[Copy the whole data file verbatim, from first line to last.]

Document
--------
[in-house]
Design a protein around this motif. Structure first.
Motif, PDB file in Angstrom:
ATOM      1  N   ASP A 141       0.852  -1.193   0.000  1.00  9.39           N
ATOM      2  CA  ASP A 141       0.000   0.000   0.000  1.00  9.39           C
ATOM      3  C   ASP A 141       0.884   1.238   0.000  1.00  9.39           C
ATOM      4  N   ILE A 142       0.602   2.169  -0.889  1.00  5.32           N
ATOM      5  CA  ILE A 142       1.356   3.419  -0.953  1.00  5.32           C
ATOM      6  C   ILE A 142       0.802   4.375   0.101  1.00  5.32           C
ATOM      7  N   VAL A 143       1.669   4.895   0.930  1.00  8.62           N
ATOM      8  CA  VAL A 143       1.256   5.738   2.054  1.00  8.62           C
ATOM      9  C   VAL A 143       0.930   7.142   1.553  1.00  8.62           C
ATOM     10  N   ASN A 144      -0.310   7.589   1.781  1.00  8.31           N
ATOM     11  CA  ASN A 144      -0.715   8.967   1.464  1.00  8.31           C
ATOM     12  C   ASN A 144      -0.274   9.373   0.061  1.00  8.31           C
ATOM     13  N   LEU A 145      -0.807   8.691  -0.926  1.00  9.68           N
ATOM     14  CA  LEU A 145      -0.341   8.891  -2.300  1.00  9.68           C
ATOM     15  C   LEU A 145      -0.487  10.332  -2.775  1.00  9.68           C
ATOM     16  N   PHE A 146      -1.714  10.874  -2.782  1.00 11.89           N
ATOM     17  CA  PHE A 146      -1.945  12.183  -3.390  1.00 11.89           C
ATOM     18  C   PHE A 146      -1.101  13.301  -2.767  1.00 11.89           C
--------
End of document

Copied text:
[in-house]
Design a protein around this motif. Structure first.
Motif, PDB file in Angstrom:
ATOM      1  N   ASP A 141       0.852  -1.193   0.000  1.00  9.39           N
ATOM      2  CA  ASP A 141       0.000   0.000   0.000  1.00  9.39           C
ATOM      3  C   ASP A 141       0.884   1.238   0.000  1.00  9.39           C
ATOM      4  N   ILE A 142       0.602   2.169  -0.889  1.00  5.32           N
ATOM      5  CA  ILE A 142       1.356   3.419  -0.953  1.00  5.32           C
ATOM      6  C   ILE A 142       0.802   4.375   0.101  1.00  5.32           C
ATOM      7  N   VAL A 143       1.669   4.895   0.930  1.00  8.62           N
ATOM      8  CA  VAL A 143       1.256   5.738   2.054  1.00  8.62           C
ATOM      9  C   VAL A 143       0.930   7.142   1.553  1.00  8.62           C
ATOM     10  N   ASN A 144      -0.310   7.589   1.781  1.00  8.31           N
ATOM     11  CA  ASN A 144      -0.715   8.967   1.464  1.00  8.31           C
ATOM     12  C   ASN A 144      -0.274   9.373   0.061  1.00  8.31           C
ATOM     13  N   LEU A 145      -0.807   8.691  -0.926  1.00  9.68           N
ATOM     14  CA  LEU A 145      -0.341   8.891  -2.300  1.00  9.68           C
ATOM     15  C   LEU A 145      -0.487  10.332  -2.775  1.00  9.68           C
ATOM     16  N   PHE A 146      -1.714  10.874  -2.782  1.00 11.89           N
ATOM     17  CA  PHE A 146      -1.945  12.183  -3.390  1.00 11.89           C
ATOM     18  C   PHE A 146      -1.101  13.301  -2.767  1.00 11.89           C